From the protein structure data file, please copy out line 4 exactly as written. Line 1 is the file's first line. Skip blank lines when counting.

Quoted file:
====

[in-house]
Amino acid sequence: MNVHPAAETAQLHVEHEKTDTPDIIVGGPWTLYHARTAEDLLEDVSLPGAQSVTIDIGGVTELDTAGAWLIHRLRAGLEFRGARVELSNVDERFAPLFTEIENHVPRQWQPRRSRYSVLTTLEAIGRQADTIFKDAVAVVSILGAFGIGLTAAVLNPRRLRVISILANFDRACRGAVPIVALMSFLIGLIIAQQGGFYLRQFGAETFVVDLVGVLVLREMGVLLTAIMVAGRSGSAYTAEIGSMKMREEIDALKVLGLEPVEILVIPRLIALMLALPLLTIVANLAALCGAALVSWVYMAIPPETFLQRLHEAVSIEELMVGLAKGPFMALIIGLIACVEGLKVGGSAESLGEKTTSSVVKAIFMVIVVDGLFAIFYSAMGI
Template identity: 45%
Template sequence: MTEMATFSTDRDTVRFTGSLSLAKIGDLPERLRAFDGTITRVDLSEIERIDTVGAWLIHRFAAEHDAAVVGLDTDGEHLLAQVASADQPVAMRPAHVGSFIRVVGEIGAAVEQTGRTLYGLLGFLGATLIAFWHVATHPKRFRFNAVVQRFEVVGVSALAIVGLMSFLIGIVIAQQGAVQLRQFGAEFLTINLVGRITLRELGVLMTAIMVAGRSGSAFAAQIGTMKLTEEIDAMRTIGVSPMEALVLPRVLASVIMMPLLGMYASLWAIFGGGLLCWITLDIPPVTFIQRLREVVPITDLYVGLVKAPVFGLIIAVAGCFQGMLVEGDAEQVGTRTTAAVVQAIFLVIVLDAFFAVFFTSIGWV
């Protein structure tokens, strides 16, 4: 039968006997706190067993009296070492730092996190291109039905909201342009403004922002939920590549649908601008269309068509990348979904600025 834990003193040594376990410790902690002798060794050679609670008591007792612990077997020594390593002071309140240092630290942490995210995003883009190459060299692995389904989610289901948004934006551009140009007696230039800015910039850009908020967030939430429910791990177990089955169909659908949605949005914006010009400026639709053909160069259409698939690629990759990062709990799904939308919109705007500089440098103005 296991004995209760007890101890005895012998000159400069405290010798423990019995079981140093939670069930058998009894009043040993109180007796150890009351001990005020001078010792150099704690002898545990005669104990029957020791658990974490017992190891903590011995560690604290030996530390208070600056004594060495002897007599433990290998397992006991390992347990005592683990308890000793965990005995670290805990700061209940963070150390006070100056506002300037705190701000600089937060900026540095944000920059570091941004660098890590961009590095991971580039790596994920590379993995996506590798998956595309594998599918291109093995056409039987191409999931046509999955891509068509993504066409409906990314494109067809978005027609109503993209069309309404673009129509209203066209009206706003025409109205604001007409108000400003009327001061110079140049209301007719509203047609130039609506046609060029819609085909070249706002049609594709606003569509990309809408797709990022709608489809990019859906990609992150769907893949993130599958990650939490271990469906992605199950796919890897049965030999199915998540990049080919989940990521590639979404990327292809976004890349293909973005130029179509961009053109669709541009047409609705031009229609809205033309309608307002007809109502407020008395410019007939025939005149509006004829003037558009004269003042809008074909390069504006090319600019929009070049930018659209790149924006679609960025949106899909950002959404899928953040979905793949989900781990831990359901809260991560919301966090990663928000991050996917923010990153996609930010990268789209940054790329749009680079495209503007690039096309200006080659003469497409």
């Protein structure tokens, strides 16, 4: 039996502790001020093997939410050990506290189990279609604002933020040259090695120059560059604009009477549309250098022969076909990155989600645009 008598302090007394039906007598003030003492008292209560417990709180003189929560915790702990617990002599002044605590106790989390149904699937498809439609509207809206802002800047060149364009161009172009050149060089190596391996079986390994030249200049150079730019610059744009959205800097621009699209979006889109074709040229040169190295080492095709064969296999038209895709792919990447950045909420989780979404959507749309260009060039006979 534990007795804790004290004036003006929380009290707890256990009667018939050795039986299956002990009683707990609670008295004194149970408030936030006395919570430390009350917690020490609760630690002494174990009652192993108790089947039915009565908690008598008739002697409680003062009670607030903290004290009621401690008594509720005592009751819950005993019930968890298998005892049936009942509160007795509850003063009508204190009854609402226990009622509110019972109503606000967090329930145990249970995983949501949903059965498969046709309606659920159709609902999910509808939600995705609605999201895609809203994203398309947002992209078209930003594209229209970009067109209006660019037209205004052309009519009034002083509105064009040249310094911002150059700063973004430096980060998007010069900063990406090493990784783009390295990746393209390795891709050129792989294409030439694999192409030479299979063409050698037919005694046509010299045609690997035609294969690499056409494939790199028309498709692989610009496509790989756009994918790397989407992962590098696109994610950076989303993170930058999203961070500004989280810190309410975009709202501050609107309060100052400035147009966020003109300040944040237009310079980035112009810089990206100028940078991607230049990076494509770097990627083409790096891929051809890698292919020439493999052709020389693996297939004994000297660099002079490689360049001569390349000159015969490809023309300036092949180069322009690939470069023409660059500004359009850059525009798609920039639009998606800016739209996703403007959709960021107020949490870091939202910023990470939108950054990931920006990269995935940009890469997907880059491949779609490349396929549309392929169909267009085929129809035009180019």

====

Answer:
Template sequence: MTEMATFSTDRDTVRFTGSLSLAKIGDLPERLRAFDGTITRVDLSEIERIDTVGAWLIHRFAAEHDAAVVGLDTDGEHLLAQVASADQPVAMRPAHVGSFIRVVGEIGAAVEQTGRTLYGLLGFLGATLIAFWHVATHPKRFRFNAVVQRFEVVGVSALAIVGLMSFLIGIVIAQQGAVQLRQFGAEFLTINLVGRITLRELGVLMTAIMVAGRSGSAFAAQIGTMKLTEEIDAMRTIGVSPMEALVLPRVLASVIMMPLLGMYASLWAIFGGGLLCWITLDIPPVTFIQRLREVVPITDLYVGLVKAPVFGLIIAVAGCFQGMLVEGDAEQVGTRTTAAVVQAIFLVIVLDAFFAVFFTSIGWV